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St. Mary's Church in Burwell, a Grade I listed building dating from the 12th century.
Burwell shown within Cambridgeshire
|Area||24.7 km2 (9.5 sq mi) |
|– density||255/km2 (660/sq mi)|
|OS grid reference|
|– London||56.6 mi (91.1 km) SSW|
|Sovereign state||United Kingdom|
|Ambulance||East of England|
|EU Parliament||East of England|
|UK Parliament||SE Cambridgeshire|
Burwell // is a large fen-edge village and civil parish in Cambridgeshire, England, about 10 miles (16 km) north-east of Cambridge. It lies on the south-eastern edge of The Fens, a large area of relatively flat former marshland close to sea level, and covers the majority of Cambridgeshire and neighbouring Lincolnshire. The fens to the west of the village are drained with the help of the man-made Cambridgeshire Lode waterways, including Burwell Lode which has been important in the growth of the village.
- 1 History
- 2 Governance
- 3 Geography
- 4 Population
- 5 Culture and Community
- 6 Transport
- 7 Education
- 8 Religion
- 9 Sport
- 10 Media
- 11 See also
- 12 References
- 13 External links
The name "Burwell" is of Anglo-Saxon origin and refers to a fort (burh-) located close to a spring (-well). The first record of the name in the area dates from 1060 and the village is recorded in the Domesday Book under the spellings Burewelle, Burwella and Burwelle. A spring is situated in the south of the village close to the remains of 12th century Burwell Castle, although there is evidence of prior settlement on or near the castle site.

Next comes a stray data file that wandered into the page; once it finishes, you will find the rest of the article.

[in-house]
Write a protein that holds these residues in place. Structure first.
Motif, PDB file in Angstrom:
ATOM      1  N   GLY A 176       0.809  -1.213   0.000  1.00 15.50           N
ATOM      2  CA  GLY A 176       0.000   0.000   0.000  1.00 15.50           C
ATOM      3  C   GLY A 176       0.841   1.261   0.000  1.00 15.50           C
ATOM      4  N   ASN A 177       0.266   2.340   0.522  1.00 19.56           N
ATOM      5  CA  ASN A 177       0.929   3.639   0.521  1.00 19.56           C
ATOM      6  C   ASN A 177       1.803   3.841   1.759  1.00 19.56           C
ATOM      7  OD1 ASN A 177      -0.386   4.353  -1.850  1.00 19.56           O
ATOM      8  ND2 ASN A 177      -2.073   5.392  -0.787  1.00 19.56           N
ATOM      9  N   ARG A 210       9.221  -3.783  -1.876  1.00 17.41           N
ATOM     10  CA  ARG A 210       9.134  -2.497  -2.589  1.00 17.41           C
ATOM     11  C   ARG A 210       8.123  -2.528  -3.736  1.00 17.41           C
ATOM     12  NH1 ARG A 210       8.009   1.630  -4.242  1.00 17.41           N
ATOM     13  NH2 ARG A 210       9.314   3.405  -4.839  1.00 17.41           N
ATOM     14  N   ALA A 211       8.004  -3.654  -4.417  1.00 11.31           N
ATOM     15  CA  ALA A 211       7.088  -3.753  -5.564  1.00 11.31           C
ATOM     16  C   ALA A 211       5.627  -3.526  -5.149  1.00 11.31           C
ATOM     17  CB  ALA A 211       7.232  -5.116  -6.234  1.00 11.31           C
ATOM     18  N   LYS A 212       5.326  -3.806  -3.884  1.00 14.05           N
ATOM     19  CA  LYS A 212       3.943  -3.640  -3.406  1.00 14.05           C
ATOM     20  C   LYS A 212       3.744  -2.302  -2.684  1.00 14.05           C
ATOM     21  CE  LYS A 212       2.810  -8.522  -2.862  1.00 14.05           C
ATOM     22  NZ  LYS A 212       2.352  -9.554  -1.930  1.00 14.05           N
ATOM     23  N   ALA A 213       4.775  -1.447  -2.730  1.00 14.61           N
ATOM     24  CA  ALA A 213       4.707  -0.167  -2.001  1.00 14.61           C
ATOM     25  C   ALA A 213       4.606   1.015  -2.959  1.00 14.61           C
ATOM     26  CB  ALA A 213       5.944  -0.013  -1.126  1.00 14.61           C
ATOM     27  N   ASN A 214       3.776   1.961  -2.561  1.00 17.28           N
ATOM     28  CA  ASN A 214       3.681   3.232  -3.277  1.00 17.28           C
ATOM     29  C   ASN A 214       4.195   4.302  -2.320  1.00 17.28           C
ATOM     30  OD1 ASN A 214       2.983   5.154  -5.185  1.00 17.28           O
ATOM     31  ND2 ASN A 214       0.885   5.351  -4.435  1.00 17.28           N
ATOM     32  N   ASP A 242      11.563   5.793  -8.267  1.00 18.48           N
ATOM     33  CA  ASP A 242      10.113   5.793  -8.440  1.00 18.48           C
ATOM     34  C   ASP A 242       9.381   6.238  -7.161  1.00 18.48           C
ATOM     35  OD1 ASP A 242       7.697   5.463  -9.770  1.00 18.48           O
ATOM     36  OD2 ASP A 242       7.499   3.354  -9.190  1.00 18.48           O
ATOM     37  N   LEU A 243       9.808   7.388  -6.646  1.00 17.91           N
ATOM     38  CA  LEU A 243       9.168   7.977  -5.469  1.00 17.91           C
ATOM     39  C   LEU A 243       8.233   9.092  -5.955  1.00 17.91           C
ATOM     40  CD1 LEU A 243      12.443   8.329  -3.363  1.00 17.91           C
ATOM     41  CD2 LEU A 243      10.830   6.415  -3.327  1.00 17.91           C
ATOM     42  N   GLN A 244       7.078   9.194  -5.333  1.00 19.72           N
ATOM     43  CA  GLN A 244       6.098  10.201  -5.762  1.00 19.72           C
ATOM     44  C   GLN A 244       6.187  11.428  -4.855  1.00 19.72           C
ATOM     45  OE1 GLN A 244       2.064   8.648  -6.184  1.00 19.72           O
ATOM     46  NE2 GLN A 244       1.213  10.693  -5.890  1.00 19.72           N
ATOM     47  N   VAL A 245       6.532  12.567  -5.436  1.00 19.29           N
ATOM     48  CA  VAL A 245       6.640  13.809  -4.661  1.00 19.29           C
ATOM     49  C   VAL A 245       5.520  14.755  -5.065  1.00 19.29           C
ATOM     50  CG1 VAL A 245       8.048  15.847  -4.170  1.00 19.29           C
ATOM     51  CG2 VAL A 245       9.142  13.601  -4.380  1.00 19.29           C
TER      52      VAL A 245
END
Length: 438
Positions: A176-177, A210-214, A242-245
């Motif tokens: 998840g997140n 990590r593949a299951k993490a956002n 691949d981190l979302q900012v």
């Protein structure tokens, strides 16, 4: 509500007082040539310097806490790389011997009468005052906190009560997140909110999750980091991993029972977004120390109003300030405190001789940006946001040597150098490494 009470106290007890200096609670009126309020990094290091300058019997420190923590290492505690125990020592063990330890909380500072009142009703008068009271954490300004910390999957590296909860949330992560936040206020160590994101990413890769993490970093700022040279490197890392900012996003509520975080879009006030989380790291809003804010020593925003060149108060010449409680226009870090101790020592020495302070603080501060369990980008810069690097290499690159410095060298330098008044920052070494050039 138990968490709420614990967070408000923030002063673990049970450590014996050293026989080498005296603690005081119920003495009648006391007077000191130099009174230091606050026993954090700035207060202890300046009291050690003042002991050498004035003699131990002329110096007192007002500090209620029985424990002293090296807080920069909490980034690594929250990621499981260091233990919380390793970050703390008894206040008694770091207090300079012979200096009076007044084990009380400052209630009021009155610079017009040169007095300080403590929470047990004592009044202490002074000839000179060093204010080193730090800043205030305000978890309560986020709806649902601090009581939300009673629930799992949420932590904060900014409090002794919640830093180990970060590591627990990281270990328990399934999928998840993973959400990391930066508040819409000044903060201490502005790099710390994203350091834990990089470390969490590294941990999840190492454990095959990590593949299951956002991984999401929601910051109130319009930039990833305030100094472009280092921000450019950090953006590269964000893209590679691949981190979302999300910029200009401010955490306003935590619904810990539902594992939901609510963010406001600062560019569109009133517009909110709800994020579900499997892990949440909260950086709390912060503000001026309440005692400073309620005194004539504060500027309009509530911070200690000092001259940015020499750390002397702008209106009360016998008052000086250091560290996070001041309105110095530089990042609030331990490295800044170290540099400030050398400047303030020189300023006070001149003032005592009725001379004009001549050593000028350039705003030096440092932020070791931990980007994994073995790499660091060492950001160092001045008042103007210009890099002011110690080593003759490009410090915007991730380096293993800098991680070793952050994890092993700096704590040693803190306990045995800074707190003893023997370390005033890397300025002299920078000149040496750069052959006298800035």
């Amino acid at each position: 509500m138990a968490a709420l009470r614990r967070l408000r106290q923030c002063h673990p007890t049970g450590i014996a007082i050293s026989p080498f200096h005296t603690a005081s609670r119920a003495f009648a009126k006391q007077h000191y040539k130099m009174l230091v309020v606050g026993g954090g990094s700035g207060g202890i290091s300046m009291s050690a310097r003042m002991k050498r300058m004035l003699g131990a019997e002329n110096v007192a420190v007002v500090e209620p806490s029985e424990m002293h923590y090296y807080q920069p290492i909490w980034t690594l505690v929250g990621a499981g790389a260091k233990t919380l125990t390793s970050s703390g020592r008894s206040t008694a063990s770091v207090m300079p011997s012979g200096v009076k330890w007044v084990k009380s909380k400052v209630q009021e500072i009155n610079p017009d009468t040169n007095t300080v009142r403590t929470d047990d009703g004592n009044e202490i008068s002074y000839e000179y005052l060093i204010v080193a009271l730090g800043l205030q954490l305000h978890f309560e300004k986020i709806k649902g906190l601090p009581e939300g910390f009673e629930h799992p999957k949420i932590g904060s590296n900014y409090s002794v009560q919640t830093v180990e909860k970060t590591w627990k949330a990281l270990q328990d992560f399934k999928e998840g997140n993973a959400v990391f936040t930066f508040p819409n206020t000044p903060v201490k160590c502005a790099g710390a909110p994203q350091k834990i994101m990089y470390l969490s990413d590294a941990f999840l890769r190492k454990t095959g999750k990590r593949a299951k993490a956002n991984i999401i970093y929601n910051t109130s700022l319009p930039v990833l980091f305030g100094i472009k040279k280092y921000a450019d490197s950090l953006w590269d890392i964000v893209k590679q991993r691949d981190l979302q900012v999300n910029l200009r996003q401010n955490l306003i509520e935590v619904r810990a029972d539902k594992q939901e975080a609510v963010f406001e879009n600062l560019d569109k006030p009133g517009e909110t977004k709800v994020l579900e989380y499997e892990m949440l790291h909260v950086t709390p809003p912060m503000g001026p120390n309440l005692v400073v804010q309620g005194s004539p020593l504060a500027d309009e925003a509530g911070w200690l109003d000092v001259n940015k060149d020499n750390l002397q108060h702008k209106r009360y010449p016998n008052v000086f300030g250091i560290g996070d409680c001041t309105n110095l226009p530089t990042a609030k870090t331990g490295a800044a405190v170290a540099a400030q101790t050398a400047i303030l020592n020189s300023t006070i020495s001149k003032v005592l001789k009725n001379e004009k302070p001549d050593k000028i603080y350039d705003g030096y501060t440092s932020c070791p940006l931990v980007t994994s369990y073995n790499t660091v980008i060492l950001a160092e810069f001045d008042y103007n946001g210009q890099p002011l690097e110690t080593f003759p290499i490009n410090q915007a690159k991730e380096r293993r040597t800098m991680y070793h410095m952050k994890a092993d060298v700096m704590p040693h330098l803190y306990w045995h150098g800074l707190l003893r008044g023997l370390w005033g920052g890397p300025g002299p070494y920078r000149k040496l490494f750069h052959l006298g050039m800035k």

Old maps sometimes label the village as the plural "Burwells", which refer to either Burwell St Mary and Burwell St Andrew parishes or the split between the High Town around the churches in the south of the village and the newer North Street and Newnham parts of the village which were separated by a causeway.
There is evidence of human activity in the vicinity of Burwell since prehistory. Flint tools including axes dating from the Palaeolithic and Mesolithic have been found on the west side of the village. Further burned and worked flint has been found close to the spring dating from the late Neolithic but the majority of activity in the area at the time seemed to be on the actual Fen to the west of the village, where the discovery of a large number of flint and stone tools on a raised piece of ground suggests that there was already settlement in the parish before the onset of the Bronze Age. During the Neolithic, peat had begun to form on the fens around the village which has partly buried prehistoric sites.
Activity on the fen continued into the Bronze Age, as did activity close to the spring but they were joined by increasing activity on the heath in the south of the parish, where barrows are known to have existed. The southern part of the parish is also the highest ground within it, and is close to the ancient Icknield Way.